GRMA Day 27: The Mountain that Moves
I had several specific places I wanted to see during the Great Rocky Mountain Adventure, and today I checked off another one. More on that in a minute.
Skies were clear as I left Radium Hot Springs headed south this morning about 9 a.m. But within 50 miles I noticed a light haze in front of me and detected a faint hint of smoke in the air. The haze grew darker as I continued southward and even when I made a planned turn to the east, I still smelled the smoke. While I never saw any fires and never even saw any heavy smoke, the haze was enough to make picture taking problematic by reducing the contrast. I took some pictures of the mountains, but there were no critters to be seen today so the camera didn’t get much of a workout. Heather, a helpful staffer at the Crowsnest Visitor Center just over the border into Alberta, said she heard there were forest fires in British Columbia and that the smoke we could see was probably a good distance from its source.
Speaking of fires, one of my favorite motorcycle roads and part of tomorrow’s planned itinerary is closed. Going to the Sun Road in Glacier National Park has been closed as a through road for more than two weeks as fire crews battle the still-growing Reynolds Creek Fire. I was looking forward to that ride again, but it’s not to be. At least not on this trip. I had thought about backtracking from here and going south into Montana from British Columbia, but Heather the helpful expert on this area recommended I spend time going through Waterton National Park in Alberta. Waterton and Glacier National Park border each other at the international boundary and together form what is sometimes called Peace Park. There is no through road in Waterton, but she said there are two interior roads that would fill up several hours of motorcycle time and provide stunning scenery. So, taking her at her word, tomorrow I’m headed for Waterton and then into Montana through Alberta.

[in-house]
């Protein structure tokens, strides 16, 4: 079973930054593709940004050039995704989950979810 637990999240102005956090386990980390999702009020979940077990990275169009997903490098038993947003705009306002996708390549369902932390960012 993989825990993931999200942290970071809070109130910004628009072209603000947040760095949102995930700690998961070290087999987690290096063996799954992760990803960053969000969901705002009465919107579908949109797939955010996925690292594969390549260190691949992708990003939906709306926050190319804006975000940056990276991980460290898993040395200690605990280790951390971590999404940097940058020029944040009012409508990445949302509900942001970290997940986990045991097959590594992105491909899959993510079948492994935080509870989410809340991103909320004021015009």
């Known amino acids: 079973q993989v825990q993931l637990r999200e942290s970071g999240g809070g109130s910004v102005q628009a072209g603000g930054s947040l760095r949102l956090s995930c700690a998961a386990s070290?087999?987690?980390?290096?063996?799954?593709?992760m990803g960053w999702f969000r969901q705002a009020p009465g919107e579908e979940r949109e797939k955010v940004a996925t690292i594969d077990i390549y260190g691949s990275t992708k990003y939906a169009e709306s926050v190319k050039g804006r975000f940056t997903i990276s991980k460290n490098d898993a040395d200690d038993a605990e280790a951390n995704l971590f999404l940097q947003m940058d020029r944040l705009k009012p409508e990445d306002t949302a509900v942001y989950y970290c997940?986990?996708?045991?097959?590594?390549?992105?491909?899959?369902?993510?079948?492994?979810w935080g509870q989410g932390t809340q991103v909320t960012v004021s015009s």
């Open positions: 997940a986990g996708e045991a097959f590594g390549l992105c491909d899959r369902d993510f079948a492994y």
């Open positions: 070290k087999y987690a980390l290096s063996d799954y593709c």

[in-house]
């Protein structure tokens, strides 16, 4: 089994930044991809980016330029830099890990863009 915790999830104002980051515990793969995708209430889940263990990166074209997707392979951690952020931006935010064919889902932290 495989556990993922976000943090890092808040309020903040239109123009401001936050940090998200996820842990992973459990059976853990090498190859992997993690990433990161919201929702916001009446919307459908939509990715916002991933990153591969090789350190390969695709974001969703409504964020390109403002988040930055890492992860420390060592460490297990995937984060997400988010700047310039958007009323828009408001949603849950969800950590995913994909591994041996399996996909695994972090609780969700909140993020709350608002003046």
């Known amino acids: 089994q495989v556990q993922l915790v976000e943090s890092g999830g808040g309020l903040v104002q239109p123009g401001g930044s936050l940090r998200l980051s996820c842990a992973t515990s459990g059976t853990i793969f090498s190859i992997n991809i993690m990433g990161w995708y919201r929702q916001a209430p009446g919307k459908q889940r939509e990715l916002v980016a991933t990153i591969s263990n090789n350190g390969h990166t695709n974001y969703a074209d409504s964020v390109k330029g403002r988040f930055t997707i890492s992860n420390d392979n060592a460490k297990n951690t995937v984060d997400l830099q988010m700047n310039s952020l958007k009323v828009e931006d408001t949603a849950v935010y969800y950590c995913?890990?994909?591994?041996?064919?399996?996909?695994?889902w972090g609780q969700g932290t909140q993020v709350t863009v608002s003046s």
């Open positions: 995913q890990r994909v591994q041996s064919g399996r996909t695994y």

I’ve been thinking about getting a truck. This green one I found in Sparwood would probably work fine. I could carry all my gear in the back. And my motorcyle. And Marilyn’s motorcycle. And our cars. And at least one of our houses. This is advertised as the “World’s Biggest Truck” and was once used in nearby mining operations.
I crossed from B.C. to Alberta on the Crowsnest Highway (Highway 3) over Crowsnest Pass and along Crowsnest Lake and Crowsnest Mountain, past which flows the Crowsnest River. Tonight I’m staying in one of the five towns that make up the Municipality of Crowsnest. I added this stop to the GRMA because of a significant historical and geological event that occurred April 29, 1903. A little after 4 a.m. that morning, the limestone north side of Turtle Mountain gave way, sending a river of rocks a half-mile wide crashing down on part of the town of Frank and killing 90 of the 600 people who lived there, most of them coal miners and their families. The rockslide tore across the valley, stopping only when it reached the other side about two minutes later, more than a mile away. The event became known as The Frank Slide. (The wide picture is a 180 degree panorama; the other pictures are still shots.)
The disaster was millions of years in the making (I will spare you the details) involving tectonic plates, continent building, fold and thrust faults, weathering, and finally, a coal mine tunneled in the base of Turtle Mountain which probably helped caused the collapse by weakening the support that the top of the mountain had precariously relied on for millions of years. Even before the slide, Indians in the area refused to camp at the base of the mountain, calling it “The Mountain that Moves.” What little I know about the event and the geology behind it is thanks to an outstanding, state-of-the-art interpretive center operated by the Province of Alberta.
The rail line in the path of the slide was up and running 11 days after being buried under 30-40 feet of rock. (Railroad engineering crews were amazing even then.) The mine was reopened after a few months, though it finally closed down 15 years later. Highway 3 today goes through the middle of the deadly rubble field, with massive piles of stones and boulders still standing where they came to rest 112 years ago. Currently, geologists are monitoring the mountain with more than two dozen sensors planted on it; their prediction is that the mountain will move again–they just don’t know when.
Only 11 years later, a few miles down the road from Frank, the town of Hillcrest Mines witnessed the worst coal mining disaster in Canadian history when a horrific fire and explosion killed 189 miners, about 1/2 of the mine’s workforce. That disaster has been memorialized in song, including by the Men of the Deeps (singing coal miners) that I was privileged to see and hear last year when I rode to Newfoundland. Small world again.
I added a day to this Adventure to make sure I stopped at the Frank Slide. I’m glad I did.
Other pictures I liked today: